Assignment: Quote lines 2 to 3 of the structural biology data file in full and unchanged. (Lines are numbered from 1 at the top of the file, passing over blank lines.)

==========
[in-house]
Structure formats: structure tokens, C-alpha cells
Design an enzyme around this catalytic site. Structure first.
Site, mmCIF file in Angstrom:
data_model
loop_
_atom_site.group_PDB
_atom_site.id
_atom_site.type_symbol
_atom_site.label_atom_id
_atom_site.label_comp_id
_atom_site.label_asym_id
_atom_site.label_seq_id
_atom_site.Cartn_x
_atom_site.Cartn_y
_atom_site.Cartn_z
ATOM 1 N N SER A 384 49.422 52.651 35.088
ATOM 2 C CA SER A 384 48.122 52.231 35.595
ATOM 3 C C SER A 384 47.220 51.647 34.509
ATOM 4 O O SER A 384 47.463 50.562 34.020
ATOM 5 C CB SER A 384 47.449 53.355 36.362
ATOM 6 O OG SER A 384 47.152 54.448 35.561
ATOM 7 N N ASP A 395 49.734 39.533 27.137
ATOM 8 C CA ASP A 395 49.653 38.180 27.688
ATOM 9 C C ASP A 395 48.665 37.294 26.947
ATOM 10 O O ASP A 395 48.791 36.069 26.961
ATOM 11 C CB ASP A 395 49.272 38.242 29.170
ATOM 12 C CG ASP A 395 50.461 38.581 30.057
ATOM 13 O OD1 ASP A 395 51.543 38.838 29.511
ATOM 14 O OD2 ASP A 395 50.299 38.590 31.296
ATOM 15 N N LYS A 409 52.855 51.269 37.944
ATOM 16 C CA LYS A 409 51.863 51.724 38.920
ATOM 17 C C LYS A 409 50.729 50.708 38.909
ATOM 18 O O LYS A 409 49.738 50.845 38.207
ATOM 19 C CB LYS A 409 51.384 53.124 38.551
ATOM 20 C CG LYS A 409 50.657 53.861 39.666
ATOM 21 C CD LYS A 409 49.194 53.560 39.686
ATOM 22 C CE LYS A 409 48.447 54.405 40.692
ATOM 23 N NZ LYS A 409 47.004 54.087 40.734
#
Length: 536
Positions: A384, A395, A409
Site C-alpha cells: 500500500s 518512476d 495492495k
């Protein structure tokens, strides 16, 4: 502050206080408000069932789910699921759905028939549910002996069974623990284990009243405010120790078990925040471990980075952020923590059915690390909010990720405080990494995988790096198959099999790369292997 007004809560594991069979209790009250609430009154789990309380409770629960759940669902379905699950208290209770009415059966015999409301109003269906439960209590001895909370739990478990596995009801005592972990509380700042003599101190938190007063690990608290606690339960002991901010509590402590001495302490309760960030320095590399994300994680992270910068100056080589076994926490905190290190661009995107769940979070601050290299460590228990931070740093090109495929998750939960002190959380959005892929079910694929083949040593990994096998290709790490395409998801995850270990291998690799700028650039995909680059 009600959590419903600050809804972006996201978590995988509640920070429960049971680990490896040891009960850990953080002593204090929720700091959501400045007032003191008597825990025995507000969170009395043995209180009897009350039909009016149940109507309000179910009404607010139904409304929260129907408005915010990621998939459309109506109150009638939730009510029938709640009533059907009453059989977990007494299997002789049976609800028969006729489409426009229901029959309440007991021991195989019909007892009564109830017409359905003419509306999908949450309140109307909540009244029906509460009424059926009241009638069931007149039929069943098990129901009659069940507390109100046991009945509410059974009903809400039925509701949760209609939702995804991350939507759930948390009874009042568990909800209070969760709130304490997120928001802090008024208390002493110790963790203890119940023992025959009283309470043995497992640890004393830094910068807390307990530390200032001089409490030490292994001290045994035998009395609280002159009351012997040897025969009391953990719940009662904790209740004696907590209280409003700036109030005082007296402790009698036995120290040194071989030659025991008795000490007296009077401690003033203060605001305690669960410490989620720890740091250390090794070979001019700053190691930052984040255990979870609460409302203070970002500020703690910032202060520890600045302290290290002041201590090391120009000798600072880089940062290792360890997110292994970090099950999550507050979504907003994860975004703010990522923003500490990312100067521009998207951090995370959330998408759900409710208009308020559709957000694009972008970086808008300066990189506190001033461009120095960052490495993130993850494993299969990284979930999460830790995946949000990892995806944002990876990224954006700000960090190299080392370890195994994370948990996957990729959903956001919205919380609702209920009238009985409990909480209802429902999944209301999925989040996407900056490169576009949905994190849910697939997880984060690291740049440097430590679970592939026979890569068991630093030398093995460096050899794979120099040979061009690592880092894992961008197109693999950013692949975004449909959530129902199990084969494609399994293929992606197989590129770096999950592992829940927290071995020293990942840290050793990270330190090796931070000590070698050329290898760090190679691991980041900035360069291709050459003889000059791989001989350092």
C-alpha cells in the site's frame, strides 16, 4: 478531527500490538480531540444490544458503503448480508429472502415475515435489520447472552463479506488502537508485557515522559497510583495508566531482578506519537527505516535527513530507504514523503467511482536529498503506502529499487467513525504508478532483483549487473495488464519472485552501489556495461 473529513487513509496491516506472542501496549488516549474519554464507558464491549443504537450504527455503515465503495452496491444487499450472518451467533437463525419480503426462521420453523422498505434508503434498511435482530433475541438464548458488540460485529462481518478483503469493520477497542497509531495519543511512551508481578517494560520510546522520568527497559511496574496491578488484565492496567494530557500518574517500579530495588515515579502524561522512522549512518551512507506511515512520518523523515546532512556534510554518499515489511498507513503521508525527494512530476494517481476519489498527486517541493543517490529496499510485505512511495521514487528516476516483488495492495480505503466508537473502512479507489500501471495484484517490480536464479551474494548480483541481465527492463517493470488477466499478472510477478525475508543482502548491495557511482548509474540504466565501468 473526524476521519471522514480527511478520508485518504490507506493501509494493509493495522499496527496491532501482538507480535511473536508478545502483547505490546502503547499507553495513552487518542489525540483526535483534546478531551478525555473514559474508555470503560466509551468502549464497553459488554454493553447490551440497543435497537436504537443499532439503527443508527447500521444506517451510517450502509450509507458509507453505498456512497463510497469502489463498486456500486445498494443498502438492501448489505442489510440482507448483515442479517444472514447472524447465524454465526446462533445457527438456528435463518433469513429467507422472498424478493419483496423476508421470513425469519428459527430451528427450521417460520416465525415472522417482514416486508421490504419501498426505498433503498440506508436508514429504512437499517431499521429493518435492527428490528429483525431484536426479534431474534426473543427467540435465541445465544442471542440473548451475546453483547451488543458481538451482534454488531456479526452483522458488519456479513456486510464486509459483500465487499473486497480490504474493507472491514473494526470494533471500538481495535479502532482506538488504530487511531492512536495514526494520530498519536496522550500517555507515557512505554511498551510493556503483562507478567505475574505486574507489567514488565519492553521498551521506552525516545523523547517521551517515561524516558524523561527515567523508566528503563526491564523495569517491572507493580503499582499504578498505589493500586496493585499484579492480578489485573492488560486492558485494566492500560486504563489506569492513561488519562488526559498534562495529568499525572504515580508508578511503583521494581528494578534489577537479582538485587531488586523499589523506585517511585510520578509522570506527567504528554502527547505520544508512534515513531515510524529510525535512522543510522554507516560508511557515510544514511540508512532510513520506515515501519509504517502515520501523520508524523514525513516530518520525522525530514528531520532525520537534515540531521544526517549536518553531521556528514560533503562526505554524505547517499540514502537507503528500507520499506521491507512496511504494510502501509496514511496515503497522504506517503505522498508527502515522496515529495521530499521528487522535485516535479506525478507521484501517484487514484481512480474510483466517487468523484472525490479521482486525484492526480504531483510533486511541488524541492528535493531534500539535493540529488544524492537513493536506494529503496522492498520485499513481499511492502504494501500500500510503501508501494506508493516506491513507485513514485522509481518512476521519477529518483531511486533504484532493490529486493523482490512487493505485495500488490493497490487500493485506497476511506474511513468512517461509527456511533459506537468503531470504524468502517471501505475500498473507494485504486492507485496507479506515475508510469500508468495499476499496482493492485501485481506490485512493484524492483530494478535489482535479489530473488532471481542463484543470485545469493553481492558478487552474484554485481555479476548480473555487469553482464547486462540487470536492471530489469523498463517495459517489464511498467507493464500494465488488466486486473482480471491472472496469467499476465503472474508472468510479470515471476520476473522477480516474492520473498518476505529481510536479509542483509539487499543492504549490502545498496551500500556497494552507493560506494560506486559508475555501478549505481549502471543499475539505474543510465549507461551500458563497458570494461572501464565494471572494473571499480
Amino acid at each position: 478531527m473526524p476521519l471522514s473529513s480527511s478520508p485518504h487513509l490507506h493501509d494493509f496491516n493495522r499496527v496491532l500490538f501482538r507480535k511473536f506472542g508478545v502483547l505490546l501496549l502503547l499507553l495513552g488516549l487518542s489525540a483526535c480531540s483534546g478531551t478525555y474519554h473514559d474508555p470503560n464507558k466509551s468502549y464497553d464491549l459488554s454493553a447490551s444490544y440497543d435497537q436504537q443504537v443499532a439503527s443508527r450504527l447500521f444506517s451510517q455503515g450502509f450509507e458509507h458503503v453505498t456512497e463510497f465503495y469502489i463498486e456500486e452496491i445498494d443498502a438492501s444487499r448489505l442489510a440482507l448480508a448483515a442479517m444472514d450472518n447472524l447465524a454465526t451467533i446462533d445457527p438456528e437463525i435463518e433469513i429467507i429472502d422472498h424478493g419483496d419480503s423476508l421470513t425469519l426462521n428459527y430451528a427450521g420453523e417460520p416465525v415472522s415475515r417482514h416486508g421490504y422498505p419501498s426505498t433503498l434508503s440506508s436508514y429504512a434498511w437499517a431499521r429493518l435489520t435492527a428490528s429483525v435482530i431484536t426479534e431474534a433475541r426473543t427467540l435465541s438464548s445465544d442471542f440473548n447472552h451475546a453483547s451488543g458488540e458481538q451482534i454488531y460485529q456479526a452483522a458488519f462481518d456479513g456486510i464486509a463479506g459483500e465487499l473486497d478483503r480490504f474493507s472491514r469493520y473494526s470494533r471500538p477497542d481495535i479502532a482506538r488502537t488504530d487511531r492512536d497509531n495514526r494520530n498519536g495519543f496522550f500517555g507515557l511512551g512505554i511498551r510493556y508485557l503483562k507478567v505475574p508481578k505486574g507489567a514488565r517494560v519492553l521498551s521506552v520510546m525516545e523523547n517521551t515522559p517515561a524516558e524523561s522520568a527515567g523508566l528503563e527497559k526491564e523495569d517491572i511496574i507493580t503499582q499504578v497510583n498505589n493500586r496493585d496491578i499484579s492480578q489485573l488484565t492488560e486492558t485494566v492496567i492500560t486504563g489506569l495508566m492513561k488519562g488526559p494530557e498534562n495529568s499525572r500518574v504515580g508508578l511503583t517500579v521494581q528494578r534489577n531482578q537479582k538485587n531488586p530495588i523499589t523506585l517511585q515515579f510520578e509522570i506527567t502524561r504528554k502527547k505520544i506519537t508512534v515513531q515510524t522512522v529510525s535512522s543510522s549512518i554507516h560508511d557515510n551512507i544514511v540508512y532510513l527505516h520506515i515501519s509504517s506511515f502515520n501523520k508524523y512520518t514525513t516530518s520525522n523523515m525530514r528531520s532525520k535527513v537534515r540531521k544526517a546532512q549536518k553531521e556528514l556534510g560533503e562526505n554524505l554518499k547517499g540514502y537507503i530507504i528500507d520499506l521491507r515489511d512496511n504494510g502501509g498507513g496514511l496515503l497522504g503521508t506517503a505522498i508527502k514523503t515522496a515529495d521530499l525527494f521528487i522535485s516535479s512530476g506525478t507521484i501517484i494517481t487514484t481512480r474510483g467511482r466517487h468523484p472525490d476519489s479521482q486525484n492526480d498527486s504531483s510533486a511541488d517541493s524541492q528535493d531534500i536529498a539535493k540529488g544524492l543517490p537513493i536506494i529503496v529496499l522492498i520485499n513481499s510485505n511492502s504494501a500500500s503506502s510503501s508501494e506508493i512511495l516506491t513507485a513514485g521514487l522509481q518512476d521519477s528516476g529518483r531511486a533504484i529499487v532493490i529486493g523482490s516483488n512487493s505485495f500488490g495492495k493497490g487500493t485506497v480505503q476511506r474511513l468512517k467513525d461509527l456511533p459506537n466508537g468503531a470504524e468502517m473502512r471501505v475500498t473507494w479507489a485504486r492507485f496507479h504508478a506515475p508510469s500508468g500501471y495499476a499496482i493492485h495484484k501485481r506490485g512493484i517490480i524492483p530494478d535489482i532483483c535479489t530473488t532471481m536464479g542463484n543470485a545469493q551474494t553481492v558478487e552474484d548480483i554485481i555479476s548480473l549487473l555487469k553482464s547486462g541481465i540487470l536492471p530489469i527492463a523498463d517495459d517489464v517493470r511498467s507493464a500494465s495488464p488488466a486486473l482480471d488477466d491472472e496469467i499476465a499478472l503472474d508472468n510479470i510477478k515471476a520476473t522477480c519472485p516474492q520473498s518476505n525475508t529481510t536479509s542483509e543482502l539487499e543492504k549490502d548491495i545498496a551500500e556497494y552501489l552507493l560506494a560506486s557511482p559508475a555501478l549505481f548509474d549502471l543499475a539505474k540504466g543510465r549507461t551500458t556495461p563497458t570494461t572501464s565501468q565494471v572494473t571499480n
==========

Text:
Structure formats: structure tokens, C-alpha cells
Design an enzyme around this catalytic site. Structure first.